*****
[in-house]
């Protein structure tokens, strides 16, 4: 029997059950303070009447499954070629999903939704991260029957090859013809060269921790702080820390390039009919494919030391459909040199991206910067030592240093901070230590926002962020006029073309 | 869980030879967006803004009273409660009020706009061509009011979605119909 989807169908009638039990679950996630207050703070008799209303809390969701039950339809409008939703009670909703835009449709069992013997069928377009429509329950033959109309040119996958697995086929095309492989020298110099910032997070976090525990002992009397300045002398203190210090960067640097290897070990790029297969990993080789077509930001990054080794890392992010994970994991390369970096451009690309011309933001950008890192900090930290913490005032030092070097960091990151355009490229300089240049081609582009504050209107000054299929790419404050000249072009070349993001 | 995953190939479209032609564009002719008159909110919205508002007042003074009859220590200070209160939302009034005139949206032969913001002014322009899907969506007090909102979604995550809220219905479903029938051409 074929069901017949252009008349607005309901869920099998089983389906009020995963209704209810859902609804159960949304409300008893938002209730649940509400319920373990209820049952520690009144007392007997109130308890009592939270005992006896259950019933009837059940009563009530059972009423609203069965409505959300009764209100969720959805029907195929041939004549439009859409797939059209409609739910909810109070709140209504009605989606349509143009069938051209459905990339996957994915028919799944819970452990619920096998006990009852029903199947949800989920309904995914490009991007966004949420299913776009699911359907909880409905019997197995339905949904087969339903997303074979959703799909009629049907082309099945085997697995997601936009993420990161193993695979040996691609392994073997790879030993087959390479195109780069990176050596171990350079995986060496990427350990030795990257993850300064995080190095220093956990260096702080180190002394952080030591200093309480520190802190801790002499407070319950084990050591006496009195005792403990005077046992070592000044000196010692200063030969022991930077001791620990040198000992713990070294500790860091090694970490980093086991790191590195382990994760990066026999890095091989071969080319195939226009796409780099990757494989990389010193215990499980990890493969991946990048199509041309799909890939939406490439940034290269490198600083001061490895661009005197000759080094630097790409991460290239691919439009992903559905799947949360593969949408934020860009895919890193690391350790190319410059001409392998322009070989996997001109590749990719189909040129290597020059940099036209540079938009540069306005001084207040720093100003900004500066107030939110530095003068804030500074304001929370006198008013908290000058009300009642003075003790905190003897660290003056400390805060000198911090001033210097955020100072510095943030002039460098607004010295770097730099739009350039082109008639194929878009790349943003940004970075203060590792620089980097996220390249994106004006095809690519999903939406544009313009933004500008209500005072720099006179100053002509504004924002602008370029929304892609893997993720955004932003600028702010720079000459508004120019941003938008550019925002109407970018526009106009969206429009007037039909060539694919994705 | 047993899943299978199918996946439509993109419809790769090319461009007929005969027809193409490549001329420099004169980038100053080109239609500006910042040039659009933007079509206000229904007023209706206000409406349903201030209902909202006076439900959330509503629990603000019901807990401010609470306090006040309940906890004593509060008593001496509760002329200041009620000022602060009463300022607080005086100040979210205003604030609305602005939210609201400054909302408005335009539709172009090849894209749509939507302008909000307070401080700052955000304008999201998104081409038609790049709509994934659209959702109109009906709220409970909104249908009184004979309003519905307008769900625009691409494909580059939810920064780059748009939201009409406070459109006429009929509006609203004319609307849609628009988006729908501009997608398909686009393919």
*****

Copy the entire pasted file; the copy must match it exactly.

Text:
[in-house]
């Protein structure tokens, strides 16, 4: 029997059950303070009447499954070629999903939704991260029957090859013809060269921790702080820390390039009919494919030391459909040199991206910067030592240093901070230590926002962020006029073309 | 869980030879967006803004009273409660009020706009061509009011979605119909 989807169908009638039990679950996630207050703070008799209303809390969701039950339809409008939703009670909703835009449709069992013997069928377009429509329950033959109309040119996958697995086929095309492989020298110099910032997070976090525990002992009397300045002398203190210090960067640097290897070990790029297969990993080789077509930001990054080794890392992010994970994991390369970096451009690309011309933001950008890192900090930290913490005032030092070097960091990151355009490229300089240049081609582009504050209107000054299929790419404050000249072009070349993001 | 995953190939479209032609564009002719008159909110919205508002007042003074009859220590200070209160939302009034005139949206032969913001002014322009899907969506007090909102979604995550809220219905479903029938051409 074929069901017949252009008349607005309901869920099998089983389906009020995963209704209810859902609804159960949304409300008893938002209730649940509400319920373990209820049952520690009144007392007997109130308890009592939270005992006896259950019933009837059940009563009530059972009423609203069965409505959300009764209100969720959805029907195929041939004549439009859409797939059209409609739910909810109070709140209504009605989606349509143009069938051209459905990339996957994915028919799944819970452990619920096998006990009852029903199947949800989920309904995914490009991007966004949420299913776009699911359907909880409905019997197995339905949904087969339903997303074979959703799909009629049907082309099945085997697995997601936009993420990161193993695979040996691609392994073997790879030993087959390479195109780069990176050596171990350079995986060496990427350990030795990257993850300064995080190095220093956990260096702080180190002394952080030591200093309480520190802190801790002499407070319950084990050591006496009195005792403990005077046992070592000044000196010692200063030969022991930077001791620990040198000992713990070294500790860091090694970490980093086991790191590195382990994760990066026999890095091989071969080319195939226009796409780099990757494989990389010193215990499980990890493969991946990048199509041309799909890939939406490439940034290269490198600083001061490895661009005197000759080094630097790409991460290239691919439009992903559905799947949360593969949408934020860009895919890193690391350790190319410059001409392998322009070989996997001109590749990719189909040129290597020059940099036209540079938009540069306005001084207040720093100003900004500066107030939110530095003068804030500074304001929370006198008013908290000058009300009642003075003790905190003897660290003056400390805060000198911090001033210097955020100072510095943030002039460098607004010295770097730099739009350039082109008639194929878009790349943003940004970075203060590792620089980097996220390249994106004006095809690519999903939406544009313009933004500008209500005072720099006179100053002509504004924002602008370029929304892609893997993720955004932003600028702010720079000459508004120019941003938008550019925002109407970018526009106009969206429009007037039909060539694919994705 | 047993899943299978199918996946439509993109419809790769090319461009007929005969027809193409490549001329420099004169980038100053080109239609500006910042040039659009933007079509206000229904007023209706206000409406349903201030209902909202006076439900959330509503629990603000019901807990401010609470306090006040309940906890004593509060008593001496509760002329200041009620000022602060009463300022607080005086100040979210205003604030609305602005939210609201400054909302408005335009539709172009090849894209749509939507302008909000307070401080700052955000304008999201998104081409038609790049709509994934659209959702109109009906709220409970909104249908009184004979309003519905307008769900625009691409494909580059939810920064780059748009939201009409406070459109006429009929509006609203004319609307849609628009988006729908501009997608398909686009393919």